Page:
14-18 October 2013
Amsterdam, Beurs van Berlage
Europe/Amsterdam timezone

ATLAS Offline Software Performance Monitoring and Optimization

17 Oct 2013, 13:53
22m
Effectenbeurszaal (Amsterdam, Beurs van Berlage)

Effectenbeurszaal

Amsterdam, Beurs van Berlage

Oral presentation to parallel session Software Engineering, Parallelism & Multi-Core Software Engineering, Parallelism & Multi-Core

Speaker

Rocco Mandrysch (University of Iowa (US))

Description

In a complex multi-developer, multi-package software environment, such as the ATLAS offline Athena framework, tracking the performance of the code can be a non-trivial task in itself. In this paper we describe improvements in the instrumentation of ATLAS offline software that have given considerable insight into the performance of the code and helped to guide optimisation. Code can be instrumented firstly using the PAPI tool, which is a programing interface for accessing hardware performance counters. PAPI events can count floating point operations, cycles and instructions and cache accesses. Triggering PAPI to start/stop counting for each algorithm and processed event gives a good understanding of the whole algorithm level performance of ATLAS code. Further data can be obtained using pin, a dynamic binary instrumentation tool. Pintools can be used to obtain similar statistics as PAPI, but advantageously without requiring recompilation of the code. Fine grained routine and instruction level instrumentation is also possible. Pintools can additionally interrogate the arguments to functions, like those in linear algebra libraries, so that a detailed usage profile can be obtained. These tools have charaterised the extensive use of vector and matrix operations in ATLAS tracking. Currently, CLHEP is used here, which is not an optimal choice. To help evaluate replacement libraries a testbed has been setup allowing comparison of the performance of different linear algebra libraries (including CLHEP, Eigen and SMatrix/SVector). Results are then presented via the ATLAS Performance Management Board framework, which runs daily with the current development branch of the code and monitors reconstruction and Monte-Carlo jobs. This framework analyses the CPU and memory performance of algorithms and an overview of results are presented on a web page. These tools have provided the insight necessary to plan and implement performance enhancements in ATLAS code by identifying the most common operations, with the call parameters well understood, and allowing improvements to be quantified in detail.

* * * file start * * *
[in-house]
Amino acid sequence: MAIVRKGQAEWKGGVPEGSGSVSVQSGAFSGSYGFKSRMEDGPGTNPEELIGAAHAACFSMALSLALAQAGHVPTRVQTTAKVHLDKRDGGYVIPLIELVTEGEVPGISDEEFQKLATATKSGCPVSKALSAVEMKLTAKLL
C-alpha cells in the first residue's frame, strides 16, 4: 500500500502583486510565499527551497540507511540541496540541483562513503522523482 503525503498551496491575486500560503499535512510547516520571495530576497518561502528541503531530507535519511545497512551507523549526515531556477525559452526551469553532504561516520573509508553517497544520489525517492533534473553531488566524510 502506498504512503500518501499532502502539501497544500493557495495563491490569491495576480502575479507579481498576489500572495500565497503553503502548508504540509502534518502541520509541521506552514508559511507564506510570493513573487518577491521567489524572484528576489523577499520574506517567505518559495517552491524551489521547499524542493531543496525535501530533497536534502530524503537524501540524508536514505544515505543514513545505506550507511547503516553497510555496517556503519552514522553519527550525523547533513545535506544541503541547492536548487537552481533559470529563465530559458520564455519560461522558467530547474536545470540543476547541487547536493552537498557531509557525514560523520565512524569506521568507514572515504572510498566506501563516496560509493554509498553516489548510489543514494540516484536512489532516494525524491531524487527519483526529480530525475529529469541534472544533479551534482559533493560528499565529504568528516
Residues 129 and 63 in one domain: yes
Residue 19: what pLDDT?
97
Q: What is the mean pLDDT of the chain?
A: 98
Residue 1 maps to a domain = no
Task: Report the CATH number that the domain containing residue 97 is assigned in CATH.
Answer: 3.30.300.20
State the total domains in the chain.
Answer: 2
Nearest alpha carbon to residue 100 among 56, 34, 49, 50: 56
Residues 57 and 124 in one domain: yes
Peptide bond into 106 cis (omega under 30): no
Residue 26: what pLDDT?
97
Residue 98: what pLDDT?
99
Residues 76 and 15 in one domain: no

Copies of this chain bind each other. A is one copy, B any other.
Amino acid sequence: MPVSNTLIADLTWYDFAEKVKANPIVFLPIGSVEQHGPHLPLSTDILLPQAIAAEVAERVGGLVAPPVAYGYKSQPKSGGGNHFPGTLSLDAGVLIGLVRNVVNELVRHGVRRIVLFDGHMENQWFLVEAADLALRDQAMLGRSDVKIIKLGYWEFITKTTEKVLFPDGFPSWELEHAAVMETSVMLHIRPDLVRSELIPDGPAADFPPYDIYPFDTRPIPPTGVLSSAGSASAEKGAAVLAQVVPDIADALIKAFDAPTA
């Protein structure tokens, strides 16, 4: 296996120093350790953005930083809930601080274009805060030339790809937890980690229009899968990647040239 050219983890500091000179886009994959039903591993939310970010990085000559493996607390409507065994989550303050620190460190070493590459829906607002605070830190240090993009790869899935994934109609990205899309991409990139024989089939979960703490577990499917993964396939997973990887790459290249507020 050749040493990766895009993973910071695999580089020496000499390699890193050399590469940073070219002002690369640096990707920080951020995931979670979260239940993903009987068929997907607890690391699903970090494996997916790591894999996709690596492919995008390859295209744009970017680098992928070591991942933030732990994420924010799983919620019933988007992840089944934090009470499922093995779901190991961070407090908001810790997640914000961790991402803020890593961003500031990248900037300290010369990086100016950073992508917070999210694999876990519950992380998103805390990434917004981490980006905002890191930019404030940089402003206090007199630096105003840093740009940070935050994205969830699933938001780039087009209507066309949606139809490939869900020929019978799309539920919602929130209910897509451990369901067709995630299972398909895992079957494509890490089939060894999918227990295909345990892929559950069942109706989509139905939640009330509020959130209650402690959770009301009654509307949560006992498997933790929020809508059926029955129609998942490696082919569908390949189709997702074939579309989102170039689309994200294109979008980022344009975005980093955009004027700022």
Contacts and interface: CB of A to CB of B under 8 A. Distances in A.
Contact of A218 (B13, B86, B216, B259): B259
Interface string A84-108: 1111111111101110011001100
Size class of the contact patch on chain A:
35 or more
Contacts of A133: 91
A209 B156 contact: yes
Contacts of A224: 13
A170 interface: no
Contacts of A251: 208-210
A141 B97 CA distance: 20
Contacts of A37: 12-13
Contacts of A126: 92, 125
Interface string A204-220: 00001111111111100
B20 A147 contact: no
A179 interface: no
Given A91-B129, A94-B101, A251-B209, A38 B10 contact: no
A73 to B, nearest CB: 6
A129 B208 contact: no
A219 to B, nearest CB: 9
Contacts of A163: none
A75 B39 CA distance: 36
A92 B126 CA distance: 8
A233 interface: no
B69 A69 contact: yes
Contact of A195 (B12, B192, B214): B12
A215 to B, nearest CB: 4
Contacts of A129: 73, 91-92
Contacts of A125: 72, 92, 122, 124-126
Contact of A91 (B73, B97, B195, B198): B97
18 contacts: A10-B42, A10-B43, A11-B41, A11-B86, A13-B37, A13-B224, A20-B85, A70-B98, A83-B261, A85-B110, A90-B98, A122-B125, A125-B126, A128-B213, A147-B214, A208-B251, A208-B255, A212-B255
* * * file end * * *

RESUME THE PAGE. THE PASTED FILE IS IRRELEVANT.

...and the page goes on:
Primary author

Rocco Mandrysch (University of Iowa (US))

Co-authors

Andreas Salzburger (CERN) Elmar Ritsch (University of Innsbruck (AT)) Graeme Andrew Stewart (CERN) Gunjan Kabra (Mody Institute of Technology and Science (IN)) Neelima Chauhan (Mody Institute of Technology and Science (IN)) Niels Van Eldik (CERN) Robert Johannes Langenberg (Technische Universitaet Muenchen (DE)) Roberto Agostino Vitillo (Lawrence Berkeley National Lab. (US)) Rolf Seuster (TRIUMF (CA)) Dr Thomas Kittelmann (ESS - European Spallation Source (SE))

Presentation Materials